The risk in a project is possible damage resulting from diminished quality of a solution to increased cost, missed deadlines, or project failure. Risk is inherent in any project. Proactive risk management involves identifying risks ahead of time and minimizing the likelihood that a loss will occur. For example, if the risk is that users will be unable to log on to the network, you can add additional domain controllers and global catalog servers available in each site. Risk reduction also attempts to minimize the impact should loss occur. For example, if the risk is a corrupted Active Directory database, you can maintain a backup of the directory information tree.
Risk Assessment Document Create a risk assessment document to document the initial identification and analysis of risks. A risk assessment document helps the team create and clarify mitigation plans for reducing the likelihood of risk. The document also lists a contingency plan for coping with the results of risk should it occur.
The risk assessment document should contain: Risk statements that list the types of risks that have been identified. Risk probability calculations that estimate the likelihood of a risk occurring. Risk severity calculations that identify the scope of potential damage. Risk exposure calculations that identify the cost of an actual loss. Mitigation plans for reducing the likelihood of a given risk. Contingency plans and triggers for decreasing damage if a problem does occur.
Documenting the Current Physical Network
Physical locations can be cities, buildings, floors within a building, network segments, and so on. Identifying details about each location provides the necessary data to design an Active Directory site structure that meets the needs of its users. Knowing how and where a company locates itself geographically is important and addresses the following implementation issues of the Active Directory structure: Site placement and structure. Domain controller and global catalog server placement. Replication requirements.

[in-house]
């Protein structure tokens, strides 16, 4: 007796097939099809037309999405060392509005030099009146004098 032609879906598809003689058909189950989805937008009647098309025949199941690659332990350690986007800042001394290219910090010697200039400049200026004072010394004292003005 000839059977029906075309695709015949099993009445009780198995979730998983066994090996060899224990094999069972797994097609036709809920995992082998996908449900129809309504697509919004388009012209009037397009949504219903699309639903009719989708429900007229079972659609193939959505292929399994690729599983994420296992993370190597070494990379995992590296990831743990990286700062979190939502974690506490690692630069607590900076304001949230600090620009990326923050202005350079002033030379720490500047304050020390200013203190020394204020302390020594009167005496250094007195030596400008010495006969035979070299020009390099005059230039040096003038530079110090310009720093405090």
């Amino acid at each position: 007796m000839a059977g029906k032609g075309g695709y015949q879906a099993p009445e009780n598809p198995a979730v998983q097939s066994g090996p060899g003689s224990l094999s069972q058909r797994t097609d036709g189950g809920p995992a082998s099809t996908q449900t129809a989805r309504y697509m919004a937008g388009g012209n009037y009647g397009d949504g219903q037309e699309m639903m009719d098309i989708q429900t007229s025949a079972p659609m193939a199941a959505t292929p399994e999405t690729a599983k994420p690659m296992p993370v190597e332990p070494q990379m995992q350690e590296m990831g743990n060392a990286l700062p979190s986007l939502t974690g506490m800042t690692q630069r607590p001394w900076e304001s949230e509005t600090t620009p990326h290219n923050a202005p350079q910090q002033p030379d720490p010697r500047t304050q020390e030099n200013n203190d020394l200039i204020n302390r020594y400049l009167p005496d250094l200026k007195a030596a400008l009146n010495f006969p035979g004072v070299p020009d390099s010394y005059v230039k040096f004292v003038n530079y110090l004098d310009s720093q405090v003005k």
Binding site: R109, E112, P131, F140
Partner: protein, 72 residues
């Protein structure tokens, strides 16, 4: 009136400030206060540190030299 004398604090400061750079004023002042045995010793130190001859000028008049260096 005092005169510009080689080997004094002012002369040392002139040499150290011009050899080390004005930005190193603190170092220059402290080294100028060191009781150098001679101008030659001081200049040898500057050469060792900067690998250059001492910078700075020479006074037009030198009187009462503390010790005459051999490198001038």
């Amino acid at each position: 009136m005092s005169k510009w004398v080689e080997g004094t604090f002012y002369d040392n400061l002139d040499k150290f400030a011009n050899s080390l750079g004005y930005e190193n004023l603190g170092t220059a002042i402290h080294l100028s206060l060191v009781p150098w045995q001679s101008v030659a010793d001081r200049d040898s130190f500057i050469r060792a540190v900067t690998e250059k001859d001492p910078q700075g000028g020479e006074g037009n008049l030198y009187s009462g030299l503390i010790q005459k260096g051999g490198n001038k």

To determine pertinent location details you should consider the following: The total number of physical locations, including remote sites, subsidiaries, and international offices. Where the offices are located geographically. For example, are they located in cities, counties, states, or countries/regions? The number of buildings in each geographic location and the number of floors in each building. The business functions performed at each location.
Analyzing Current Business Practices The Network Resources Mobile Users Users Groups
To design the Active Directory structure that meets the needs of the organization's users, it is necessary to know certain characteristics about them. For example, to design a domain and site structure, you need to know how many users are in the enterprise network. The following table specifies the type of user information you need to complete the Active Directory structure and describes how the information impacts the design.
Existing Business Condition Affects Number of users per locationThe number of user objects Number of remote usersThe number of user objects that require remote access Number of users added and deleted each year Replication traffic Frequency of users moving from one division or location to another Replication traffic Frequency modifying user account properties Replication traffic Number of offsite users from joint ventures or trusted partners Database size, replication traffic, domain controller placement Organization of users, by division, business unit, group, job function, or product line, for example The Active Directory hierarchy
Projecting Growth and Reorganization Growth Potential Reorganization Potential Merger and Acquisition Potential Marketplace Changes New Technology Demands
Changes that affect a company's administrative model and enterprise network include growth, reorganization, downsizing, mergers, acquisitions, competitive markets, and new technology demands. When an organization's administrative model and enterprise network change, they impact Active Directory design, domain and organizational unit (OU) structure, schema, and site topology. A well planned design should accommodate changes that might occur within a three to five year time span.